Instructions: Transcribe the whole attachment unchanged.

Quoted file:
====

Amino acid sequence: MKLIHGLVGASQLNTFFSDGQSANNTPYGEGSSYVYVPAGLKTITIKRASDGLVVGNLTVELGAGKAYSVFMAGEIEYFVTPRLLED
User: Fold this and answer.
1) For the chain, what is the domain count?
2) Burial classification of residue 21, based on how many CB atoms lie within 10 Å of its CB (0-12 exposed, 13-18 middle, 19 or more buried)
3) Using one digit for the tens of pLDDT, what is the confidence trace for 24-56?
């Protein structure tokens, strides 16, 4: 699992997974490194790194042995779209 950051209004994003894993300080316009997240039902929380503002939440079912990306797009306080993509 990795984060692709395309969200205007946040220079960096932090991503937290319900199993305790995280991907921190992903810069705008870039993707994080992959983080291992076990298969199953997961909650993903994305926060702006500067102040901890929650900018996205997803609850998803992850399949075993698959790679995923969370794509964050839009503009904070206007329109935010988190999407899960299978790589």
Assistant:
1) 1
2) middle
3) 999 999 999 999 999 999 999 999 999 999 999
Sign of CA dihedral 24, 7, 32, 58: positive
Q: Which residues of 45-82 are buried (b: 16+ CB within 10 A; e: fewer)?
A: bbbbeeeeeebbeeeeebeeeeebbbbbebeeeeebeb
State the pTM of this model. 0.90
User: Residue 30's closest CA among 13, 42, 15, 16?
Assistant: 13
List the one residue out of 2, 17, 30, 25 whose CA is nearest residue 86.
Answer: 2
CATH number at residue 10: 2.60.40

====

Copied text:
Amino acid sequence: MKLIHGLVGASQLNTFFSDGQSANNTPYGEGSSYVYVPAGLKTITIKRASDGLVVGNLTVELGAGKAYSVFMAGEIEYFVTPRLLED
User: Fold this and answer.
1) For the chain, what is the domain count?
2) Burial classification of residue 21, based on how many CB atoms lie within 10 Å of its CB (0-12 exposed, 13-18 middle, 19 or more buried)
3) Using one digit for the tens of pLDDT, what is the confidence trace for 24-56?
């Protein structure tokens, strides 16, 4: 699992997974490194790194042995779209 950051209004994003894993300080316009997240039902929380503002939440079912990306797009306080993509 990795984060692709395309969200205007946040220079960096932090991503937290319900199993305790995280991907921190992903810069705008870039993707994080992959983080291992076990298969199953997961909650993903994305926060702006500067102040901890929650900018996205997803609850998803992850399949075993698959790679995923969370794509964050839009503009904070206007329109935010988190999407899960299978790589």
Assistant:
1) 1
2) middle
3) 999 999 999 999 999 999 999 999 999 999 999
Sign of CA dihedral 24, 7, 32, 58: positive
Q: Which residues of 45-82 are buried (b: 16+ CB within 10 A; e: fewer)?
A: bbbbeeeeeebbeeeeebeeeeebbbbbebeeeeebeb
State the pTM of this model. 0.90
User: Residue 30's closest CA among 13, 42, 15, 16?
Assistant: 13
List the one residue out of 2, 17, 30, 25 whose CA is nearest residue 86.
Answer: 2
CATH number at residue 10: 2.60.40